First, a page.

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    Lol'd. Surgery and other expensive stuff in US is stupid expensive compared to Germany. I paid out of my own pocket there.

    You mistake quality of life with the ability to buy gadgets. If that's important move to a tax heaven.

    The church thing makes sense - Instead of the country donating to church via tax cuts if you want to support it you do it.

    Also you must work in a really really crappy company if as an Engineer you make less than a technician. My mother married a german engineer, 6-7 years ago. He's a halfwit and I'm quite sure he earns more than a bearing guy.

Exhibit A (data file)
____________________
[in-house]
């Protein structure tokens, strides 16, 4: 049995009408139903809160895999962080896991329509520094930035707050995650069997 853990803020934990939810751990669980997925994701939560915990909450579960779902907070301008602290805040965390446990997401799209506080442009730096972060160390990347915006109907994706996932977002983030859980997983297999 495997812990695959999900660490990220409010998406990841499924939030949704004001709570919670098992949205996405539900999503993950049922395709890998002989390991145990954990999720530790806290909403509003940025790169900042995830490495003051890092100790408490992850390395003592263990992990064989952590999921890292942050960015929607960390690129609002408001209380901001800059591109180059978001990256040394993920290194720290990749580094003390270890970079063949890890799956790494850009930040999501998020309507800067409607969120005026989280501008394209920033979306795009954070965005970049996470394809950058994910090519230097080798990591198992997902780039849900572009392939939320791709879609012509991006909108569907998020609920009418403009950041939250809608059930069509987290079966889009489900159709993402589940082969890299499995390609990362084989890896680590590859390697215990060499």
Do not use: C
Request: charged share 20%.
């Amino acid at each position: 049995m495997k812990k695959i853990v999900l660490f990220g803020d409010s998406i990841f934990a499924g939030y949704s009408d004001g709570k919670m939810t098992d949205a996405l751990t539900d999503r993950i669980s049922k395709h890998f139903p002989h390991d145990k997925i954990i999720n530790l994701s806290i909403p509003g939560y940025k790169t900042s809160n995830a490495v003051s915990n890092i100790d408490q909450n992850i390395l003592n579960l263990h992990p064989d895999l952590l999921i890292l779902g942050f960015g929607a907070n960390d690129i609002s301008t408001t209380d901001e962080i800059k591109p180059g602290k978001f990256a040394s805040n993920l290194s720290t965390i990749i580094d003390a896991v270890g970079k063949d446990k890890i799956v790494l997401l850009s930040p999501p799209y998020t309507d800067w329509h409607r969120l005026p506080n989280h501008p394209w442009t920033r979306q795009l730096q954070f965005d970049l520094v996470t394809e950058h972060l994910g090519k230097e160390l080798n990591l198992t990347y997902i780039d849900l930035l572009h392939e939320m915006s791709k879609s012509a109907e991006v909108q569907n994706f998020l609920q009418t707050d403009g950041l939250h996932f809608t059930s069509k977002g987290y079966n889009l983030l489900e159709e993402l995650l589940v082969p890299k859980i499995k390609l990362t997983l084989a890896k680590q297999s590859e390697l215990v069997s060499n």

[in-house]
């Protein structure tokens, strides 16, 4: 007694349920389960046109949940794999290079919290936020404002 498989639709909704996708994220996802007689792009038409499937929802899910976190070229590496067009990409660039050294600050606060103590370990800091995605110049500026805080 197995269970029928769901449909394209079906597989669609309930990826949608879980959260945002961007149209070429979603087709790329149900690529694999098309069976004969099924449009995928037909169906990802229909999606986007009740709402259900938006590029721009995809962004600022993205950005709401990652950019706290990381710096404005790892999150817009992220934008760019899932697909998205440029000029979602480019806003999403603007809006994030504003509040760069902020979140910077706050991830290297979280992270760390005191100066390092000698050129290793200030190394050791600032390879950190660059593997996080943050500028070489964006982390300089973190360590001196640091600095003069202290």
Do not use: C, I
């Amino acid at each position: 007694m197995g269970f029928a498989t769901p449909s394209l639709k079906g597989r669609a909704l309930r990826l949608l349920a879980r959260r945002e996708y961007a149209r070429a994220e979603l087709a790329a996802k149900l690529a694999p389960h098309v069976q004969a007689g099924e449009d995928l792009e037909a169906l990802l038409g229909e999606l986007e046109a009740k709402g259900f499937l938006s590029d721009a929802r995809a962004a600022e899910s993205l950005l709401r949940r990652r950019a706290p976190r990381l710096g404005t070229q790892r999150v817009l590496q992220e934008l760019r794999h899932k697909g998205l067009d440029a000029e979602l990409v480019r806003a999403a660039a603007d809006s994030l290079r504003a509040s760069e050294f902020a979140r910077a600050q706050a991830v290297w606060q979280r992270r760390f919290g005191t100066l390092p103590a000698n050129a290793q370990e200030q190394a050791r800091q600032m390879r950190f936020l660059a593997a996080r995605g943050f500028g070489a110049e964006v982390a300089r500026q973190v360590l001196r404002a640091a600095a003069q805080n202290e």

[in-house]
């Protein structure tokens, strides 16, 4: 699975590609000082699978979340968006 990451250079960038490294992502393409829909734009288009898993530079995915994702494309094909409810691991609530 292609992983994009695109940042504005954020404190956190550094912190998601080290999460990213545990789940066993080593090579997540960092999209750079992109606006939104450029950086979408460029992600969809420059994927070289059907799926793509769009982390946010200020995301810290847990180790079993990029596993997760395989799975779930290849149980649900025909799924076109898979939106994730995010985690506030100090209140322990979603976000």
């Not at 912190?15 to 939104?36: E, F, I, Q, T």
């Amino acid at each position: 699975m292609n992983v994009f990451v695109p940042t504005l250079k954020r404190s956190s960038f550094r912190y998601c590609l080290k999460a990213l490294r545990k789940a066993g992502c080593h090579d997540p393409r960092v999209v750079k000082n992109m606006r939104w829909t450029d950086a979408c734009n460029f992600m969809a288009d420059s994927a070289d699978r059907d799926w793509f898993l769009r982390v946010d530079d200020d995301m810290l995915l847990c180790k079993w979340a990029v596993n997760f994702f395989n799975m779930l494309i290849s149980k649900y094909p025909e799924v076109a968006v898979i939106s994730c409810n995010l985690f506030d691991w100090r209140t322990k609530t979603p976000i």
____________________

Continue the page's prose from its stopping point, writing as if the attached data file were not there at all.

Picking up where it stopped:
As for beer - the bigger shops have a wide array of great beers. At least in bavaria. Local small shops yes but after a few brief encounters with the US as long as it's souther germany i prefer it to us all the way.

    Also Stuttgart is closer to Morzine than Warsaw is to any real mountains.



    As for your workweek - average german workweek is 35.6h/week. In Symantec or Siemmens you work 8+8+8+8+5h. Big corpo.
    Last edited: Dec 4, 2012
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  26. yesimaddicted New Member

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    I was there for the last IxS race and hope to get out there at least once this summer, but only 2 trails? kinda weak in my opinion.

    Sending you a PM, always trying to find people to shred with over here. and funny thing is, I also have a nomad
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  27. ????? Active Member